A wide shot of the Andes Mountains with a snow covered Mt. Ausangate in the center. The 2020 team of eleven are hiking in the foreground on a beautiful day.

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I love winter, but…
04 Jan
By 2020
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By Randy Pierce

I really do love snow and truly like winter–which is a dangerous statement here in New Hampshire after a 36-hour “Nor’easter” which ended as a full-blown blizzard. I could describe the many well appreciated aspects of a winter wonderland, but I may make more allies by sharing the hardest parts of being “snowblind” and then some!

Lost in the yard...

As you might expect, I rely on all of my other senses to help provide me with the information my blind eyes do not supply. Stepping out into a balmy -12 degree morning (not counting windchill) is an experience guaranteed to ensure fingers and toes will join my non-working eyes. I can of course bundle up like the Michelin Man and keep that sensitivity working, but that only allows my hands and feet to report they are nestled snug and warm in a thick barrier of cozy isolation from the outside world. If that tactile challenge isn’t sufficient, there’s the potential for a foot of fluffy snow to render cane probing in gloves particularly ineffective for navigation.

Fortunately, the cold is an equal opportunity debilitator and is pleased to freeze every nose hair and olfactory neuron which might otherwise provide me with those clues to my location. My ears, should I dare leave them open to the air, will soon turn as white as the snow providing excellent camouflage but a rather notable hearing impairment. That is, to impair the noise not absorbed or at least grossly distorted by the new layers of snow upon everything!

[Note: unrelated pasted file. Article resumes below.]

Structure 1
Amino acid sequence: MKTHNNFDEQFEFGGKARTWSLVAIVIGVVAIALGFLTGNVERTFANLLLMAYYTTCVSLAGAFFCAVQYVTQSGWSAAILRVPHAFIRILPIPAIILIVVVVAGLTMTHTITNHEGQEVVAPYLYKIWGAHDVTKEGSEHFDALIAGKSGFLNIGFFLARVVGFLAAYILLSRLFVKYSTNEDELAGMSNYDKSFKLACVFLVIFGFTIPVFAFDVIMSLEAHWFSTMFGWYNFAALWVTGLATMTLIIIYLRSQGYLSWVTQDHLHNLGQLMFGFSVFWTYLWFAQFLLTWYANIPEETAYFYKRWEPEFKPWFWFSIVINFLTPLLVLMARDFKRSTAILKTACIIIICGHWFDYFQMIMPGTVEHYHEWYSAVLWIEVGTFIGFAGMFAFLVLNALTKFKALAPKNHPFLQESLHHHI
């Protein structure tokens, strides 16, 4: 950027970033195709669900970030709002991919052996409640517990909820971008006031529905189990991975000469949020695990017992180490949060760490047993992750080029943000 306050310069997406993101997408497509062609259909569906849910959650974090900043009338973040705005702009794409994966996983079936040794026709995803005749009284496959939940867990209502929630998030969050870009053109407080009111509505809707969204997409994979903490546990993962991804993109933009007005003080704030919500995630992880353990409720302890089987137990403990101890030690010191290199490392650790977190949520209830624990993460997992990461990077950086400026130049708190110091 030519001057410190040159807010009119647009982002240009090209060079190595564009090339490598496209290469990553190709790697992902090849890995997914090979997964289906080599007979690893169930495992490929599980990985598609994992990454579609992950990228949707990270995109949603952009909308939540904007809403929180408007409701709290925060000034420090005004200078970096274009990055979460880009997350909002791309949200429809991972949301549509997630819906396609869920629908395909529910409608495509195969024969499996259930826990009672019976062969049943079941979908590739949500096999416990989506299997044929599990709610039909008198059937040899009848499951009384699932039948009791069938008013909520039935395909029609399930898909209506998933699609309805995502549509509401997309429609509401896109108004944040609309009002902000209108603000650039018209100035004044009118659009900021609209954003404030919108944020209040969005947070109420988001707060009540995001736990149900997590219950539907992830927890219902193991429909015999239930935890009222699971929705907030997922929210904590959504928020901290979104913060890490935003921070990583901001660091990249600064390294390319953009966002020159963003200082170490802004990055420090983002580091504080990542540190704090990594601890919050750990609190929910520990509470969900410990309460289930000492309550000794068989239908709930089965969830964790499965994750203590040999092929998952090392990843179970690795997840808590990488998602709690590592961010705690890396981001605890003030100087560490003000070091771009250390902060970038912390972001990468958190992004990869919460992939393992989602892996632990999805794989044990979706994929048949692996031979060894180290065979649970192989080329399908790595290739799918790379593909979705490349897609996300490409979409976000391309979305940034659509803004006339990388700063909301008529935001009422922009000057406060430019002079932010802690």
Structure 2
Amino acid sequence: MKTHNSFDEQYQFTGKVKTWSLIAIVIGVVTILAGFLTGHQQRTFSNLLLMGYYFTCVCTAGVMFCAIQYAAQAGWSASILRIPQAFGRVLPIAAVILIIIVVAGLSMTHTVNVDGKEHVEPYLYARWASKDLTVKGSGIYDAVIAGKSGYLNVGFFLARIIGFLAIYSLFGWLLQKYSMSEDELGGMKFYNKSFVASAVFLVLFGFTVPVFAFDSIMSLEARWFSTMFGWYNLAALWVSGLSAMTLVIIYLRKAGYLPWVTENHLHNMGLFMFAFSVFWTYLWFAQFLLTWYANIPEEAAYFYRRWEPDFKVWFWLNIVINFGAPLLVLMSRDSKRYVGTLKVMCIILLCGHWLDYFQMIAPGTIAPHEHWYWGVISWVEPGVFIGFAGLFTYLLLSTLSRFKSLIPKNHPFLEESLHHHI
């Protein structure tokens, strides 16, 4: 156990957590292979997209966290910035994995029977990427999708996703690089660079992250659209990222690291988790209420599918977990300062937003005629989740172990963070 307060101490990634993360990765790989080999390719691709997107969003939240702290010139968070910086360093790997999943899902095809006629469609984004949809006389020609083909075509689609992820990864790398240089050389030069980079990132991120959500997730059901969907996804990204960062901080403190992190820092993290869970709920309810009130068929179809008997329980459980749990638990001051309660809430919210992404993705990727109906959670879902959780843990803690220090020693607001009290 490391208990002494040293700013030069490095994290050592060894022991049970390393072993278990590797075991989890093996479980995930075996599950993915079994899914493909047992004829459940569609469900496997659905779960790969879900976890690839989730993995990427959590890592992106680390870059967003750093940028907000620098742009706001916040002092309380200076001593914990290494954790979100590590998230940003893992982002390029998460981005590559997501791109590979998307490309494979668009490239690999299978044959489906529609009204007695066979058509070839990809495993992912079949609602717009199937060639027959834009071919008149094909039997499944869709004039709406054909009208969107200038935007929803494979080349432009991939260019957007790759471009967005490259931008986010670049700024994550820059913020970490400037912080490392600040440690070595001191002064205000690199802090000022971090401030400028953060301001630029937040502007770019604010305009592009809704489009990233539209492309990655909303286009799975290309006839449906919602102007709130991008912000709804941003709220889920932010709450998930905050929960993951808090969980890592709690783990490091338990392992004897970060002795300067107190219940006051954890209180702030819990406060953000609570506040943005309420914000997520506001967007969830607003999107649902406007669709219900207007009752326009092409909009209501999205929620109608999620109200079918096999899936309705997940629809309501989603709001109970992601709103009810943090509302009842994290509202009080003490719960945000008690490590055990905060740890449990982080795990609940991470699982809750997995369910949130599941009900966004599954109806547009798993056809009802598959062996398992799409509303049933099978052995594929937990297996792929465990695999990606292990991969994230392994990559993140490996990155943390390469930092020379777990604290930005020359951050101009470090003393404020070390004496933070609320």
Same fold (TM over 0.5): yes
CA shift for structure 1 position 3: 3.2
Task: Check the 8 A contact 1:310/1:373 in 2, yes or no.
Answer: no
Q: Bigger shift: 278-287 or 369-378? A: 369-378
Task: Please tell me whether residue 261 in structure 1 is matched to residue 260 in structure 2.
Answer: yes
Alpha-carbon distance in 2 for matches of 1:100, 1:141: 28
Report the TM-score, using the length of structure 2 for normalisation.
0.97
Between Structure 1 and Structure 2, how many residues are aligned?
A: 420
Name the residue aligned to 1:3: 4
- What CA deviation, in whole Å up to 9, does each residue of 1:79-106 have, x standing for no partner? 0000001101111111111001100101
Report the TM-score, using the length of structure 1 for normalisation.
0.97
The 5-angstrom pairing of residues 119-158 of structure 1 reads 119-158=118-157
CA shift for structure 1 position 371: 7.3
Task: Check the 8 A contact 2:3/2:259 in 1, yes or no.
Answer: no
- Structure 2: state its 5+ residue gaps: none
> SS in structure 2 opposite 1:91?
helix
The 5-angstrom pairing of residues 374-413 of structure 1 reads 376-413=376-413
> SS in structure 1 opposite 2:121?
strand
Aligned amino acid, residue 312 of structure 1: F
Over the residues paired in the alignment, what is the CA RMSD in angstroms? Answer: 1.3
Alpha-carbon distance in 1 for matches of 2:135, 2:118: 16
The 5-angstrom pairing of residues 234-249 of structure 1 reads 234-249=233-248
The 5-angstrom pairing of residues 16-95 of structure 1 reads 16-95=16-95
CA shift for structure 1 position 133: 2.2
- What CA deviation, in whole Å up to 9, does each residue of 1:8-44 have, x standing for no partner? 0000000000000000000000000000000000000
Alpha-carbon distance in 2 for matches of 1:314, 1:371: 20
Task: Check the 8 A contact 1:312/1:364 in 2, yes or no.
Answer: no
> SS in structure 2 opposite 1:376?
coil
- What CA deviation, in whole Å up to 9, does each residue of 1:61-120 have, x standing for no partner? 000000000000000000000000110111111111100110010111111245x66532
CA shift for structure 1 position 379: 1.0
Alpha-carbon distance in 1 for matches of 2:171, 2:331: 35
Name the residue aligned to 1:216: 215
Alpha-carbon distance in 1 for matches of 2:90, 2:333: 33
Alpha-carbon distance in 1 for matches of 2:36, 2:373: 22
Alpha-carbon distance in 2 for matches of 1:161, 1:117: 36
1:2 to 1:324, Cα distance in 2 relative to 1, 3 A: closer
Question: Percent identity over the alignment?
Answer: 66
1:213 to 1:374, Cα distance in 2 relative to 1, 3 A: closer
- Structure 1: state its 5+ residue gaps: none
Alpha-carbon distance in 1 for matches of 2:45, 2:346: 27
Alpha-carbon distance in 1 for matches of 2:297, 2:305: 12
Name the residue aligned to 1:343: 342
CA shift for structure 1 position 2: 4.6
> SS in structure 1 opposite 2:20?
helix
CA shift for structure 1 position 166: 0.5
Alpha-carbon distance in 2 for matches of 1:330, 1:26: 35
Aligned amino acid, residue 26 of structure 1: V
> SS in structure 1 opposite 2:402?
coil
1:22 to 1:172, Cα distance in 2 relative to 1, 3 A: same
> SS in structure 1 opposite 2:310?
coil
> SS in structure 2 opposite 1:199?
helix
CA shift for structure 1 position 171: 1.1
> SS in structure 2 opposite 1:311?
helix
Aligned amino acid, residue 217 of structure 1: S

The Mighty Quinn can put his eyes on the prize with a request to "Find the mailbox!"

As you may be noting, my five senses become rather inhibited during such times as snowy winter day. I do have a rather well developed sixth sense which is to trust the Mighty Quinn (our dog guides are a much more effective sixth sense than talking to dead people). There is much sense in learning to trust a Guiding Eyes pup as they need much less bundling to be comfortable and still typically can use all five of their senses to assist us. The trust is that all the familiar landmarks we and they use, such as a mailbox, sidewalk, or curb, may be lost behind or beneath a barrier of snow. Just where is that bus stop pole I can no longer verify we’ve found?

So when I tell you about enjoying the New England winter while you may have had more than enough of shoveling and cold temperatures, take solace that a world full of challenging changes is also confronting me. I’ll be getting lost a little more often and changing my routines to avoid impassable street sections where sidewalk clearing is an  empty hope. I’ll occasionally travel much of the way only to be thwarted by having to turn around rather than risk going into a busy and slippery street which without snow held my typically safe sidewalk. My hands on harness or cane will give me the frozen tingle of pain and I’ll even shake my fist to the snowflakes on occasion and wish for spring. I still love my New Hampshire winter but I well understand the reasonable sanity of those who may not always share my joy! Let’s agree on one thing very clearly: “Four More Feet” is a great name for a movie and a less than stellar weather forecast at this time of year!

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